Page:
Richard Lindzen: Iron Triangle and Iron Rice Bowl, 2013

Science in the Public Square: Global Climate Alarmism and Historical Precedents, Richard Lindzen.

The central idea of the article is a vicious feedback loop: Scientists make meaningless or ambiguous statements => Advocates and media translate statements into alarmist declarations => Politicians respond to alarm by feeding scientists more money => [a larger number of scientists and pseudo-]Scientists make meaningless or ambiguous [or false] statements …

One precedent was “Lysenkoism”:

In the Soviet Union, Trofim Denisovich Lysenko (1898- 1976) promoted the Lamarckian view of the inheritance of acquired characteristics.

Actually, this view was also a part of Darwin’s theory.  The evolution theory had been formulated by Lamarck before Darwin was born. It became politicized and later associated with Darwin’s name after Darwin discovered natural selection. Scientific genetics of Mendel — Morgan appeared to contradict Darwin. Mendel was also a Catholic monk and an abbot.  It is not surprising that the Communist regime sided with early Darwin and Lysenko. Analogy is stronger than it seems.

More quotes [emphasis and hyperlinks are mine]:

“Though valuable as a process, science is always problematic as an institution.”

“Expanded funding is eagerly sought, but the expansion of funding inevitably invites rent-seeking by scientists, university administration, and government bureaucracies. The public square brings its own dynamic into the process of science: most notably, it involves the coupling of science to specific policy issues. This is a crucial element in the climate issue, but comparable examples have existed in other fields, including eugenics and immigration, and Lysenkoism and agronomy.”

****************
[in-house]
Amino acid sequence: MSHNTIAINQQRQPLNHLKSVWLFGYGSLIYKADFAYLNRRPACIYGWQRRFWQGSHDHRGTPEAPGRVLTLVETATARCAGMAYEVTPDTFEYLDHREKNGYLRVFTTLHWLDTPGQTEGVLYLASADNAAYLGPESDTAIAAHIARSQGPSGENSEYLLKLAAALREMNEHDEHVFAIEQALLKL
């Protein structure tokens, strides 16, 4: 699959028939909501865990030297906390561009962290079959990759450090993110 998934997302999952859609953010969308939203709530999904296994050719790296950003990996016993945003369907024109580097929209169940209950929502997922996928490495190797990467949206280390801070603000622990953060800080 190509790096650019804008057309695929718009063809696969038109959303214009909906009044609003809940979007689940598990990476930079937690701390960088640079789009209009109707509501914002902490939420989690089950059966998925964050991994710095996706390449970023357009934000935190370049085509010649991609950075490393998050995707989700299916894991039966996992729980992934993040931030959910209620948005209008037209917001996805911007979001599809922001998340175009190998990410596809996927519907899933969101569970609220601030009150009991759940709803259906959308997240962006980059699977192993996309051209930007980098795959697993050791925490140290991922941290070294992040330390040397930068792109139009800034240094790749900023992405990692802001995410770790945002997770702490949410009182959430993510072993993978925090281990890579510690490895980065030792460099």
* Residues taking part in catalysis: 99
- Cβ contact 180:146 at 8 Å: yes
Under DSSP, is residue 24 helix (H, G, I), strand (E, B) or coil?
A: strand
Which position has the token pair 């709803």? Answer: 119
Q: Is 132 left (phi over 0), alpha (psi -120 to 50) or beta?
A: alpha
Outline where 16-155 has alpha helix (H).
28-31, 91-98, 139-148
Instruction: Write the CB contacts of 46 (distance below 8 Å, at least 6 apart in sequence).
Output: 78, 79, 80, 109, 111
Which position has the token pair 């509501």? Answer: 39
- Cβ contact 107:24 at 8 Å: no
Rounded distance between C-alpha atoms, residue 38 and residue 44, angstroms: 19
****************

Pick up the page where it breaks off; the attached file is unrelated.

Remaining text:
“Although there are many reasons why some scientists might want to bring their field into the public square, the cases described here appear, instead, to be cases in which those with political agendas found it useful to employ science. This immediately involves a distortion of science at a very basic level: namely, science becomes a source of authority rather than a mode of inquiry. The real utility of science stems from the latter; the political utility stems from the former.”

“In normative model development, models are judged according to the degree that they adhere to independent assessments of the behavior of actual systems. However, in the climate “debate” models are given a claim to validity independent of their adherence to nature.”

“Global climate alarmism has been costly to society, and it has the potential to be vastly more costly. It has also been damaging to science, as scientists adjust both data and even theory to accommodate politically correct positions.”

“Global warming differs from the preceding two affairs: Global Warming has become a religion.”